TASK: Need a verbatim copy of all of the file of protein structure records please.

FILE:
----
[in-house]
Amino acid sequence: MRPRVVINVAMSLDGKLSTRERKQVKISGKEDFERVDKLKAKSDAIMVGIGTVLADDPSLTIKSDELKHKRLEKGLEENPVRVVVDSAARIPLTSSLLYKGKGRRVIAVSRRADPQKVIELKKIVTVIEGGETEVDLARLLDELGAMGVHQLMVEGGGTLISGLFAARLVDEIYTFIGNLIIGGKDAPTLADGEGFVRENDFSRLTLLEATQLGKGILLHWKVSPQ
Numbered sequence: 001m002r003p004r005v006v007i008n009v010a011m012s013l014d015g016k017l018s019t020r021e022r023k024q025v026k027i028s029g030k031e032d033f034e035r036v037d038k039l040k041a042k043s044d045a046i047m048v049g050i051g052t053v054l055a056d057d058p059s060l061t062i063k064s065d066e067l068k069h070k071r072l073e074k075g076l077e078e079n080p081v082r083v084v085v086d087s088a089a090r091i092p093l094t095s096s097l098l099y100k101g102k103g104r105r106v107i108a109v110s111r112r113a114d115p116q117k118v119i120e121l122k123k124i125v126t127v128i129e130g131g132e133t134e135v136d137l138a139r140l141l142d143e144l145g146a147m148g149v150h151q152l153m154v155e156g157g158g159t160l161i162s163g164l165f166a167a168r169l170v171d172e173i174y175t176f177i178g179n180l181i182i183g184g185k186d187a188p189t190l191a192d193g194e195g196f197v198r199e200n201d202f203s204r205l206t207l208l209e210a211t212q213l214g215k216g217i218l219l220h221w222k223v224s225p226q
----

[in-house]
Amino acid sequence: MRPRVVINVAMSLDGKLSTRERKQVKISGKEDFERVDKLKAKSDAIMVGIGTVLADDPSLTIKSDELKHKRLEKGLEENPVRVVVDSAARIPLTSSLLYKGKGRRVIAVSRRADPQKVIELKKIVTVIEGGETEVDLARLLDELGAMGVHQLMVEGGGTLISGLFAARLVDEIYTFIGNLIIGGKDAPTLADGEGFVRENDFSRLTLLEATQLGKGILLHWKVSPQ
Numbered sequence: 001m002r003p004r005v006v007i008n009v010a011m012s013l014d015g016k017l018s019t020r021e022r023k024q025v026k027i028s029g030k031e032d033f034e035r036v037d038k039l040k041a042k043s044d045a046i047m048v049g050i051g052t053v054l055a056d057d058p059s060l061t062i063k064s065d066e067l068k069h070k071r072l073e074k075g076l077e078e079n080p081v082r083v084v085v086d087s088a089a090r091i092p093l094t095s096s097l098l099y100k101g102k103g104r105r106v107i108a109v110s111r112r113a114d115p116q117k118v119i120e121l122k123k124i125v126t127v128i129e130g131g132e133t134e135v136d137l138a139r140l141l142d143e144l145g146a147m148g149v150h151q152l153m154v155e156g157g158g159t160l161i162s163g164l165f166a167a168r169l170v171d172e173i174y175t176f177i178g179n180l181i182i183g184g185k186d187a188p189t190l191a192d193g194e195g196f197v198r199e200n201d202f203s204r205l206t207l208l209e210a211t212q213l214g215k216g217i218l219l220h221w222k223v224s225p226q